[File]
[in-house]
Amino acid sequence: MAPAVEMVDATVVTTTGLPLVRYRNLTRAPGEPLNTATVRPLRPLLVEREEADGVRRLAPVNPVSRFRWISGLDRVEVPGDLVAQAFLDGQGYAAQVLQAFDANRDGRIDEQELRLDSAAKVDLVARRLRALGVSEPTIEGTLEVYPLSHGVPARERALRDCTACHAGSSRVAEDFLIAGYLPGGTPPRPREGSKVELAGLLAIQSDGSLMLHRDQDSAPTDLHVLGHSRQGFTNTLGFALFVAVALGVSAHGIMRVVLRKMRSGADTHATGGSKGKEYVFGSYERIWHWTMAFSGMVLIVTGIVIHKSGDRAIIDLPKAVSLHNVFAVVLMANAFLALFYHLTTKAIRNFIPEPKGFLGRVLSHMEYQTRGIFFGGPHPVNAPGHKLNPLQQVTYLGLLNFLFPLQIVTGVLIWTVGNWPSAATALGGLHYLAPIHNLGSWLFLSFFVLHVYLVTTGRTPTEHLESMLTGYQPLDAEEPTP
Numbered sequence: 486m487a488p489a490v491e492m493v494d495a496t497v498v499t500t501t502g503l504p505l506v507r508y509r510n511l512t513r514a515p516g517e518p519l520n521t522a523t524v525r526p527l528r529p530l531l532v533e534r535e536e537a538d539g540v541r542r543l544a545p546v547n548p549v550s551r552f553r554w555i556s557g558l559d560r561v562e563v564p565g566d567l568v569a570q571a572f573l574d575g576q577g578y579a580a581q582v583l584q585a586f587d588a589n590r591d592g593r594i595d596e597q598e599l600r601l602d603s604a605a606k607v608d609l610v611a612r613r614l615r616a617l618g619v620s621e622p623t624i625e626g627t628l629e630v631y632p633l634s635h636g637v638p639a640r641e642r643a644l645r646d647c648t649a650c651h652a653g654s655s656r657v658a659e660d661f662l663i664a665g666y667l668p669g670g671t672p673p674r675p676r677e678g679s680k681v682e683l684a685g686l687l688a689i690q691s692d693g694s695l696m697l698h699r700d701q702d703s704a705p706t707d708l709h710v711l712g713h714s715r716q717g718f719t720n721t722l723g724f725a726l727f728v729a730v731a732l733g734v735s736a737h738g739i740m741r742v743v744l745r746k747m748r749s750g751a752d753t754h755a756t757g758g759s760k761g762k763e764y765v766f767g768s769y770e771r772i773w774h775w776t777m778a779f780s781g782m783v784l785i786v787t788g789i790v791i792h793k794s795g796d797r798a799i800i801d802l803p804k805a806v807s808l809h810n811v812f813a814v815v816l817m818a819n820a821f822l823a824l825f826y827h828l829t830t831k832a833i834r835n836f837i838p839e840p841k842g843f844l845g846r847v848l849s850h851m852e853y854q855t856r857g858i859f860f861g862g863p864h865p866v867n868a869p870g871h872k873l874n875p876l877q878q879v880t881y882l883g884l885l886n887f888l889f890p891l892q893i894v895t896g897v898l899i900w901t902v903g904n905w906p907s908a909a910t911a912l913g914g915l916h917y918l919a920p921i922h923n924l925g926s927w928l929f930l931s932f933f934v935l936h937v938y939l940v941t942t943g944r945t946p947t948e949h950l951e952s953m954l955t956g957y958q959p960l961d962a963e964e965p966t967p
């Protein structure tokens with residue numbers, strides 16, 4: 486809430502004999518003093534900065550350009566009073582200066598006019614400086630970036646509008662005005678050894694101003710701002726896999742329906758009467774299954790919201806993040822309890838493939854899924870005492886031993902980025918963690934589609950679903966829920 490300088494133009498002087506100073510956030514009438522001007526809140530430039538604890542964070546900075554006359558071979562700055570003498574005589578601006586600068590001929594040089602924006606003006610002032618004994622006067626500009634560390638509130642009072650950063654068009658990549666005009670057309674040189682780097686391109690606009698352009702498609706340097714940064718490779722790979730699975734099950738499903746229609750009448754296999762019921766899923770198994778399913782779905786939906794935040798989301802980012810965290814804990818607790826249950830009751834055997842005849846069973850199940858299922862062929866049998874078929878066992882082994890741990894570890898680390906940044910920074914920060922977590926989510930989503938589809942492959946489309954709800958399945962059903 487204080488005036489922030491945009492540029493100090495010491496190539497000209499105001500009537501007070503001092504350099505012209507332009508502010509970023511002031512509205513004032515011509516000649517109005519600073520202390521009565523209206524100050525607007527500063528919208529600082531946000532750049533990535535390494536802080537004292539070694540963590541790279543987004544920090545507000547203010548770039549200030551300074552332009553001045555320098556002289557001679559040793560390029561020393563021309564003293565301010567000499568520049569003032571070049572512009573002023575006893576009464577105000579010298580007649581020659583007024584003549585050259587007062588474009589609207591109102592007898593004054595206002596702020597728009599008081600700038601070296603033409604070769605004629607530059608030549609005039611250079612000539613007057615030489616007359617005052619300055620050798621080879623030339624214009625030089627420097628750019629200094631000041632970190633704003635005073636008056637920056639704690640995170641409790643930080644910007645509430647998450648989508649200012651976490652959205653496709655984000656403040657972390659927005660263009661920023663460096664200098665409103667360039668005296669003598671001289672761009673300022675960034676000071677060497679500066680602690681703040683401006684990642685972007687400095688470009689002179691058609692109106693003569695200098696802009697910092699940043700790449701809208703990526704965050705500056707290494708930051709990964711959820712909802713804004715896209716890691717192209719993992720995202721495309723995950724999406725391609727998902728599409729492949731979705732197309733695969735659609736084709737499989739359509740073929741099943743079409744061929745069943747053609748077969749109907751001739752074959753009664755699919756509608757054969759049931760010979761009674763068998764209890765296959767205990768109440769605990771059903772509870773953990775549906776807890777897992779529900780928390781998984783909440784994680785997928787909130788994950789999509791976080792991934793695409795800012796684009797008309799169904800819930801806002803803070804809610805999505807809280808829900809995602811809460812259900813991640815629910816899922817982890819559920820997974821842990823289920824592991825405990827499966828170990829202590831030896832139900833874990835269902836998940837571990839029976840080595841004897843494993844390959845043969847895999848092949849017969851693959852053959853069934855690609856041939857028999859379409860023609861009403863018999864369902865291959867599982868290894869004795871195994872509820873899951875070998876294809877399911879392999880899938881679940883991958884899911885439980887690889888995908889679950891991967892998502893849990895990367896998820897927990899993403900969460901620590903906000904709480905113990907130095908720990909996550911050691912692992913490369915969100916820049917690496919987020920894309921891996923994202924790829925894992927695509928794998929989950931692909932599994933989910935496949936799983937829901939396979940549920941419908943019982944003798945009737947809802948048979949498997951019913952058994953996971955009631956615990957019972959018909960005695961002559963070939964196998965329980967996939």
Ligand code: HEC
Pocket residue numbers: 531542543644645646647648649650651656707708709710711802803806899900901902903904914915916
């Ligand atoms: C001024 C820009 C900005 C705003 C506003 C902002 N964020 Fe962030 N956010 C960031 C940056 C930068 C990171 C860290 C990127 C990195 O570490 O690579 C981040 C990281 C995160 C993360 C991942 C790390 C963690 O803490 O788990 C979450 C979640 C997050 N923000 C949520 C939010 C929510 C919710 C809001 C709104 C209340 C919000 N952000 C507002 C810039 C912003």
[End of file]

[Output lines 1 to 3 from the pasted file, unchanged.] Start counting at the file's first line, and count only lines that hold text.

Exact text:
[in-house]
Amino acid sequence: MAPAVEMVDATVVTTTGLPLVRYRNLTRAPGEPLNTATVRPLRPLLVEREEADGVRRLAPVNPVSRFRWISGLDRVEVPGDLVAQAFLDGQGYAAQVLQAFDANRDGRIDEQELRLDSAAKVDLVARRLRALGVSEPTIEGTLEVYPLSHGVPARERALRDCTACHAGSSRVAEDFLIAGYLPGGTPPRPREGSKVELAGLLAIQSDGSLMLHRDQDSAPTDLHVLGHSRQGFTNTLGFALFVAVALGVSAHGIMRVVLRKMRSGADTHATGGSKGKEYVFGSYERIWHWTMAFSGMVLIVTGIVIHKSGDRAIIDLPKAVSLHNVFAVVLMANAFLALFYHLTTKAIRNFIPEPKGFLGRVLSHMEYQTRGIFFGGPHPVNAPGHKLNPLQQVTYLGLLNFLFPLQIVTGVLIWTVGNWPSAATALGGLHYLAPIHNLGSWLFLSFFVLHVYLVTTGRTPTEHLESMLTGYQPLDAEEPTP
Numbered sequence: 486m487a488p489a490v491e492m493v494d495a496t497v498v499t500t501t502g503l504p505l506v507r508y509r510n511l512t513r514a515p516g517e518p519l520n521t522a523t524v525r526p527l528r529p530l531l532v533e534r535e536e537a538d539g540v541r542r543l544a545p546v547n548p549v550s551r552f553r554w555i556s557g558l559d560r561v562e563v564p565g566d567l568v569a570q571a572f573l574d575g576q577g578y579a580a581q582v583l584q585a586f587d588a589n590r591d592g593r594i595d596e597q598e599l600r601l602d603s604a605a606k607v608d609l610v611a612r613r614l615r616a617l618g619v620s621e622p623t624i625e626g627t628l629e630v631y632p633l634s635h636g637v638p639a640r641e642r643a644l645r646d647c648t649a650c651h652a653g654s655s656r657v658a659e660d661f662l663i664a665g666y667l668p669g670g671t672p673p674r675p676r677e678g679s680k681v682e683l684a685g686l687l688a689i690q691s692d693g694s695l696m697l698h699r700d701q702d703s704a705p706t707d708l709h710v711l712g713h714s715r716q717g718f719t720n721t722l723g724f725a726l727f728v729a730v731a732l733g734v735s736a737h738g739i740m741r742v743v744l745r746k747m748r749s750g751a752d753t754h755a756t757g758g759s760k761g762k763e764y765v766f767g768s769y770e771r772i773w774h775w776t777m778a779f780s781g782m783v784l785i786v787t788g789i790v791i792h793k794s795g796d797r798a799i800i801d802l803p804k805a806v807s808l809h810n811v812f813a814v815v816l817m818a819n820a821f822l823a824l825f826y827h828l829t830t831k832a833i834r835n836f837i838p839e840p841k842g843f844l845g846r847v848l849s850h851m852e853y854q855t856r857g858i859f860f861g862g863p864h865p866v867n868a869p870g871h872k873l874n875p876l877q878q879v880t881y882l883g884l885l886n887f888l889f890p891l892q893i894v895t896g897v898l899i900w901t902v903g904n905w906p907s908a909a910t911a912l913g914g915l916h917y918l919a920p921i922h923n924l925g926s927w928l929f930l931s932f933f934v935l936h937v938y939l940v941t942t943g944r945t946p947t948e949h950l951e952s953m954l955t956g957y958q959p960l961d962a963e964e965p966t967p